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Transport & Logistics

Is the NSW State Government backing the right transport projects to break Sydney free from its congestion woes?

21 May 2013, by Informa Insights

With an array of projects being implemented by the NSW Government in the NSW Long Term Transport Master Plan, we ran a poll to see if the projects being prioritised were most likely to help reduce the grid lock in Sydney.

Backing the right projects? Our industry poll suggest otherwise.
Backing the right projects? Our industry poll suggest otherwise.

The Informa poll conducted over the last month revealed that 37 out of 42 industry experts disagreed that the projects being prioritised by the NSW Government would help reduce congestion.

Many of the poll participants believe that the biggest way to tackle congestion was to improve public transport uptake and to create new economies through the connection of Parramatta to the rest of Sydney.

We also spoke to some of the upcoming NSW Transport Infrastructure speakers to get a clearer insight on some of the projects, and what they think would be the best investment to help reduce congestion.

Councillor John Mant, City of Sydney
The second harbour crossing for heavy rail is without doubt the most beneficial of all priority projects because it increases all metro network rail line capacity by 50 per cent, allowing continued growth not only of the CBD, but also of the communities that line the rail corridors.  That enables density of both residential and commercial development to increase without corresponding congestion.  Dollar for dollar it delivers more benefit to a far broader section of the community than any other project in the Master Plan.

In the medium term, the WestConnex project may have the potential to unlock Port Botany capacity, but it is severely compromised by the addition of general traffic links to the City West Link and the CBD.  However, the core component of linking the Port to the M4/M7 to get containerised trucks NSW_272x70from the port to the freight and logistics management companies in Western Sydney is possibly valuable.  Of course, if the same $ value was invested in rail capacity the same outcome might be achieved in a more sustainable manner.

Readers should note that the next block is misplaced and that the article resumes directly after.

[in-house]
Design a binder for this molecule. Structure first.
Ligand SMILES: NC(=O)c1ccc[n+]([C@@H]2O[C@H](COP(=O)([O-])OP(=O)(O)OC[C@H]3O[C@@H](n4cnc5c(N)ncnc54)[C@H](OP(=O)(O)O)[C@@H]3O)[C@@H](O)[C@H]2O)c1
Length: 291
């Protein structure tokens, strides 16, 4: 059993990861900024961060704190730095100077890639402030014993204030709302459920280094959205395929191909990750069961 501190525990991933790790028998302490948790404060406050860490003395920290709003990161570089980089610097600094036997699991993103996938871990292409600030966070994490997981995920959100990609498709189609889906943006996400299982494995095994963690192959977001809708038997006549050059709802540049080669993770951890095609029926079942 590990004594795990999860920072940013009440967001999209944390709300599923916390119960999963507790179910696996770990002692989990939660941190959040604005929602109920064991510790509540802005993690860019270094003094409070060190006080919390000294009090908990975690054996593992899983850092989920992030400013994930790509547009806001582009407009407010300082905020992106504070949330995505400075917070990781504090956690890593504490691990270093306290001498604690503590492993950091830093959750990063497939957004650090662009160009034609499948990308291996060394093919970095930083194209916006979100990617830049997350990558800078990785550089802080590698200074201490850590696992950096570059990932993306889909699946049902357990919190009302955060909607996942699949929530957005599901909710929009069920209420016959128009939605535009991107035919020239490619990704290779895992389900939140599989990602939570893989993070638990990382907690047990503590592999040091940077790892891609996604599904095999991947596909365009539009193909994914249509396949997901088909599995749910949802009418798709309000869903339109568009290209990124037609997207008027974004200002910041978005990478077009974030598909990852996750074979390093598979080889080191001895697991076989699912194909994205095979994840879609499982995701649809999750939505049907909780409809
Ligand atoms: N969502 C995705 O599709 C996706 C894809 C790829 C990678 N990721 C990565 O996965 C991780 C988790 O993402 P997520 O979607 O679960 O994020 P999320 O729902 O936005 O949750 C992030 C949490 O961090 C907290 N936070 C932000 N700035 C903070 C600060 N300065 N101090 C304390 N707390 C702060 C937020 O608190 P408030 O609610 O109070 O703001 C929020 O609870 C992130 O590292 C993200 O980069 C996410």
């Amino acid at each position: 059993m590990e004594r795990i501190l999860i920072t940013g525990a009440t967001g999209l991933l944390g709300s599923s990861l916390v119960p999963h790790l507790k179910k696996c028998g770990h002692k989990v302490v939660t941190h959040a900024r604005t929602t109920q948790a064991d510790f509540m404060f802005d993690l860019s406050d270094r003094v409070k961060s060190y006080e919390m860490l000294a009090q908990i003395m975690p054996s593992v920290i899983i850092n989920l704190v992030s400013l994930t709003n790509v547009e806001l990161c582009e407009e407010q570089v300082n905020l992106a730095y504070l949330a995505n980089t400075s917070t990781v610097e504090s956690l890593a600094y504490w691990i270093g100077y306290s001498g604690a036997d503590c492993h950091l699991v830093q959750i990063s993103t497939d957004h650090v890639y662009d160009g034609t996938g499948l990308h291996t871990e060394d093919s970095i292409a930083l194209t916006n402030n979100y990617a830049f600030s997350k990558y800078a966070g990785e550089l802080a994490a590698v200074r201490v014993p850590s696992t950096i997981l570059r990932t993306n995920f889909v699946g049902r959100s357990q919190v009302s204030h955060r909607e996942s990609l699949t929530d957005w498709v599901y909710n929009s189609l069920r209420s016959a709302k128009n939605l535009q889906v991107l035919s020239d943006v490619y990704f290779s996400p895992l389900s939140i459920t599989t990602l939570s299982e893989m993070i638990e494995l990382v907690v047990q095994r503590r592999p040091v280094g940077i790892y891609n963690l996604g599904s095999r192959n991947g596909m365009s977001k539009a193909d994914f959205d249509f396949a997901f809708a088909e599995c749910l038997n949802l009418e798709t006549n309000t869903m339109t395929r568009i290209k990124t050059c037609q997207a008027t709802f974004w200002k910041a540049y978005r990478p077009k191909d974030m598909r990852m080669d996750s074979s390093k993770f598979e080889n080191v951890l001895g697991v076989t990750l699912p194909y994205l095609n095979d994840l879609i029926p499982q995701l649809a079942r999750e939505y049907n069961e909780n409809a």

Mr Gen Okajima, General Manager, Central Japan Railway
Sydney is a beautiful city, with many natural attributes and a global reputation that draws business to the city. However, it is also rapidly becoming one of the most congested cities in the Western world, at risk of discouraging domestic and international visitors. The NSW government’s decision to include a revitalisation of the rail network as a priority project in the current transport plan is one of the best ways to ensure the future prosperity  of Sydney and to ensure it continues to attract world recognition for all the right reasons. Although road networks are a necessary part of city life, city planners around the world have already learned that building roads is only part of the solution – experience shows that just building more roads only encourages more cars into an already congested network, and therefore cannot be an effective solution to congestion. Without investing in a reliable, world-class rail transportation network, cities will continue to be held back by slowing productivity and congestion issues. That is why cities around the world are turning to rail and high speed rail to create a more reliable, energy efficient and productive future, and why it is encouraging to see Sydney investing in its own prosperous rail future today.

Professor Graham Currie, Chair of Public Transport, Institute of Transport Studies, Monash University
Investment is about new stuff.  Sydney needs “new stuff”.  I have no idea if RailCorp is investing in the right projects.  However I know it costs twice as much to invest in new stations with twice as much staff.  We can get far more new railway stations in Melbourne for the same money Sydney puts into its railway.  It’s about efficiency and value for money…. you can have twice as much impact if a dollar of investment gives you twice as many stations.  It’s not which project gets you impact it’s the value you get for your dollar that gets you impact.

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